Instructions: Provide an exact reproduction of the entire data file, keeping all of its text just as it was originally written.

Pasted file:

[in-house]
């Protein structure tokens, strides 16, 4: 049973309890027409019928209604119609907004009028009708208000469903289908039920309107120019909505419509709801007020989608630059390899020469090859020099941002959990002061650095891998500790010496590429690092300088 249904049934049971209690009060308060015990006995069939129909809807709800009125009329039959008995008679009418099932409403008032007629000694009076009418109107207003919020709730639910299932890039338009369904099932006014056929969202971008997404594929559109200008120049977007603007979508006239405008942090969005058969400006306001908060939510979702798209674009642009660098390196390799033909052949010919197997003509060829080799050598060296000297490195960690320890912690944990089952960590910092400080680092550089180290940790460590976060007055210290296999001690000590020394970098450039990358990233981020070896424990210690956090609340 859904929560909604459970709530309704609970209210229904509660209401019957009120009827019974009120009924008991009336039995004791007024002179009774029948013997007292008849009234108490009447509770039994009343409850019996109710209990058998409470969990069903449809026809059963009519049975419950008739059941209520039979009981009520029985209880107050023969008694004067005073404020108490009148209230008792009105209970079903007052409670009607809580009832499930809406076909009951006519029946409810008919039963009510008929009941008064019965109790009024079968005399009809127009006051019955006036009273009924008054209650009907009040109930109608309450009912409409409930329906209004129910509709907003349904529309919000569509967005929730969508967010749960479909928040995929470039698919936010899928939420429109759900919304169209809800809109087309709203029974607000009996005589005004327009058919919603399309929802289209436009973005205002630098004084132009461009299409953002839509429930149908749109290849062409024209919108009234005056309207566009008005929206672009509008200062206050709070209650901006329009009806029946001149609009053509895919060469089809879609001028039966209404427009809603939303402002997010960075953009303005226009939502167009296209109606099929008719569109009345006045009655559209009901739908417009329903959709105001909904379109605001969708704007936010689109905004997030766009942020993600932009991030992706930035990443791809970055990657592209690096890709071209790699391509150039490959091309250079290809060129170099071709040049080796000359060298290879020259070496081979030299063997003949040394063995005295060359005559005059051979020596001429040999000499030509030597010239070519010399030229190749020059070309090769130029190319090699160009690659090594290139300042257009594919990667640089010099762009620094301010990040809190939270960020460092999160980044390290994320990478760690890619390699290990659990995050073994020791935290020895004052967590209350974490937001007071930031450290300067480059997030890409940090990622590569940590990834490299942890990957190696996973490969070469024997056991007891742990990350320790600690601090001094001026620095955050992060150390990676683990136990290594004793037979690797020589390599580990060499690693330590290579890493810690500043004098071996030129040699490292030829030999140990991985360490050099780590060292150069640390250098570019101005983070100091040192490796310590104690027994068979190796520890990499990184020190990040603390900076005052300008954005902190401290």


[in-house]
């Protein structure tokens, strides 16, 4: 049973309890027409019928209604119609907004009028009708208000469903289908039920309107120019909505419509709801007020989608630059390899020469090859020099941002959990002061650095891998500790010496590429690092300088 249904049934049971209690009060308060015990006995069939129909809807709800009125009329039959008995008679009418099932409403008032007629000694009076009418109107207003919020709730639910299932890039338009369904099932006014056929969202971008997404594929559109200008120049977007603007979508006239405008942090969005058969400006306001908060939510979702798209674009642009660098390196390799033909052949010919197997003509060829080799050598060296000297490195960690320890912690944990089952960590910092400080680092550089180290940790460590976060007055210290296999001690000590020394970098450039990358990233981020070896424990210690956090609340 859904929560909604459970709530309704609970209210229904509660209401019957009120009827019974009120009924008991009336039995004791007024002179009774029948013997007292008849009234108490009447509770039994009343409850019996109710209990058998409470969990069903449809026809059963009519049975419950008739059941209520039979009981009520029985209880107050023969008694004067005073404020108490009148209230008792009105209970079903007052409670009607809580009832499930809406076909009951006519029946409810008919039963009510008929009941008064019965109790009024079968005399009809127009006051019955006036009273009924008054209650009907009040109930109608309450009912409409409930329906209004129910509709907003349904529309919000569509967005929730969508967010749960479909928040995929470039698919936010899928939420429109759900919304169209809800809109087309709203029974607000009996005589005004327009058919919603399309929802289209436009973005205002630098004084132009461009299409953002839509429930149908749109290849062409024209919108009234005056309207566009008005929206672009509008200062206050709070209650901006329009009806029946001149609009053509895919060469089809879609001028039966209404427009809603939303402002997010960075953009303005226009939502167009296209109606099929008719569109009345006045009655559209009901739908417009329903959709105001909904379109605001969708704007936010689109905004997030766009942020993600932009991030992706930035990443791809970055990657592209690096890709071209790699391509150039490959091309250079290809060129170099071709040049080796000359060298290879020259070496081979030299063997003949040394063995005295060359005559005059051979020596001429040999000499030509030597010239070519010399030229190749020059070309090769130029190319090699160009690659090594290139300042257009594919990667640089010099762009620094301010990040809190939270960020460092999160980044390290994320990478760690890619390699290990659990995050073994020791935290020895004052967590209350974490937001007071930031450290300067480059997030890409940090990622590569940590990834490299942890990957190696996973490969070469024997056991007891742990990350320790600690601090001094001026620095955050992060150390990676683990136990290594004793037979690797020589390599580990060499690693330590290579890493810690500043004098071996030129040699490292030829030999140990991985360490050099780590060292150069640390250098570019101005983070100091040192490796310590104690027994068979190796520890990499990184020190990040603390900076005052300008954005902190401290």